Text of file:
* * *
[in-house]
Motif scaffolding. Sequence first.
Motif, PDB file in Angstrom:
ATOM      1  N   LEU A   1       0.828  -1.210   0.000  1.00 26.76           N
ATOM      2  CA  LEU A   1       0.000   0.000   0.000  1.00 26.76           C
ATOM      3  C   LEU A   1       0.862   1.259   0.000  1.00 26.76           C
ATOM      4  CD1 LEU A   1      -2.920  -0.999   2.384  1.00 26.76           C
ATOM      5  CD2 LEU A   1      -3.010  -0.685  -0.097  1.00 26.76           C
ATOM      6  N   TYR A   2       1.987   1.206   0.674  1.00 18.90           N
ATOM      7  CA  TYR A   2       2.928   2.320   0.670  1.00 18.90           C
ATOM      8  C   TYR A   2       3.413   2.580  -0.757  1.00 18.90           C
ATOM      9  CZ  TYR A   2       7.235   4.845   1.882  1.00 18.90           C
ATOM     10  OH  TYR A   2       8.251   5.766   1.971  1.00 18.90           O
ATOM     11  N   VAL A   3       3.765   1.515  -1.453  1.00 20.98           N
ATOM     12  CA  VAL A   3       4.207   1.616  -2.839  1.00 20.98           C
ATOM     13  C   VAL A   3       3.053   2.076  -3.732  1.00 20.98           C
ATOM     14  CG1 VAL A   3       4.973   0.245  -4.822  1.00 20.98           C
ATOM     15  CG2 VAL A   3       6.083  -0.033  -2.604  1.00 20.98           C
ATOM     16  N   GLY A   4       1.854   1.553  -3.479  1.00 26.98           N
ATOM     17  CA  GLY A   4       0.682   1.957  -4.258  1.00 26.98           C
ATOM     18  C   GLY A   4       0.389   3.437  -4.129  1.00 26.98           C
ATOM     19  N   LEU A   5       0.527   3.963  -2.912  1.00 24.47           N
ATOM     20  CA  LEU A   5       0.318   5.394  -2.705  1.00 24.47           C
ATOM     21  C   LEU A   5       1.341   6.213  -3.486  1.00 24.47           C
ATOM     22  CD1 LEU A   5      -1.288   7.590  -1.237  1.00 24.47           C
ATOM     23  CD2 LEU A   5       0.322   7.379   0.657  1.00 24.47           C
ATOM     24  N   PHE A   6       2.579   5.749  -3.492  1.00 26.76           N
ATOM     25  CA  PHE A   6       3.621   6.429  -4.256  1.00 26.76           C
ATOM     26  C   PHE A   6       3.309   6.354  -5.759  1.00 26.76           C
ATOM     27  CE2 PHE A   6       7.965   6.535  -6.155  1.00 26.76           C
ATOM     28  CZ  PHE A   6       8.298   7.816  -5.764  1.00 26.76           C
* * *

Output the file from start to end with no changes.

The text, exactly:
[in-house]
Motif scaffolding. Sequence first.
Motif, PDB file in Angstrom:
ATOM      1  N   LEU A   1       0.828  -1.210   0.000  1.00 26.76           N
ATOM      2  CA  LEU A   1       0.000   0.000   0.000  1.00 26.76           C
ATOM      3  C   LEU A   1       0.862   1.259   0.000  1.00 26.76           C
ATOM      4  CD1 LEU A   1      -2.920  -0.999   2.384  1.00 26.76           C
ATOM      5  CD2 LEU A   1      -3.010  -0.685  -0.097  1.00 26.76           C
ATOM      6  N   TYR A   2       1.987   1.206   0.674  1.00 18.90           N
ATOM      7  CA  TYR A   2       2.928   2.320   0.670  1.00 18.90           C
ATOM      8  C   TYR A   2       3.413   2.580  -0.757  1.00 18.90           C
ATOM      9  CZ  TYR A   2       7.235   4.845   1.882  1.00 18.90           C
ATOM     10  OH  TYR A   2       8.251   5.766   1.971  1.00 18.90           O
ATOM     11  N   VAL A   3       3.765   1.515  -1.453  1.00 20.98           N
ATOM     12  CA  VAL A   3       4.207   1.616  -2.839  1.00 20.98           C
ATOM     13  C   VAL A   3       3.053   2.076  -3.732  1.00 20.98           C
ATOM     14  CG1 VAL A   3       4.973   0.245  -4.822  1.00 20.98           C
ATOM     15  CG2 VAL A   3       6.083  -0.033  -2.604  1.00 20.98           C
ATOM     16  N   GLY A   4       1.854   1.553  -3.479  1.00 26.98           N
ATOM     17  CA  GLY A   4       0.682   1.957  -4.258  1.00 26.98           C
ATOM     18  C   GLY A   4       0.389   3.437  -4.129  1.00 26.98           C
ATOM     19  N   LEU A   5       0.527   3.963  -2.912  1.00 24.47           N
ATOM     20  CA  LEU A   5       0.318   5.394  -2.705  1.00 24.47           C
ATOM     21  C   LEU A   5       1.341   6.213  -3.486  1.00 24.47           C
ATOM     22  CD1 LEU A   5      -1.288   7.590  -1.237  1.00 24.47           C
ATOM     23  CD2 LEU A   5       0.322   7.379   0.657  1.00 24.47           C
ATOM     24  N   PHE A   6       2.579   5.749  -3.492  1.00 26.76           N
ATOM     25  CA  PHE A   6       3.621   6.429  -4.256  1.00 26.76           C
ATOM     26  C   PHE A   6       3.309   6.354  -5.759  1.00 26.76           C
ATOM     27  CE2 PHE A   6       7.965   6.535  -6.155  1.00 26.76           C
ATOM     28  CZ  PHE A   6       8.298   7.816  -5.764  1.00 26.76           C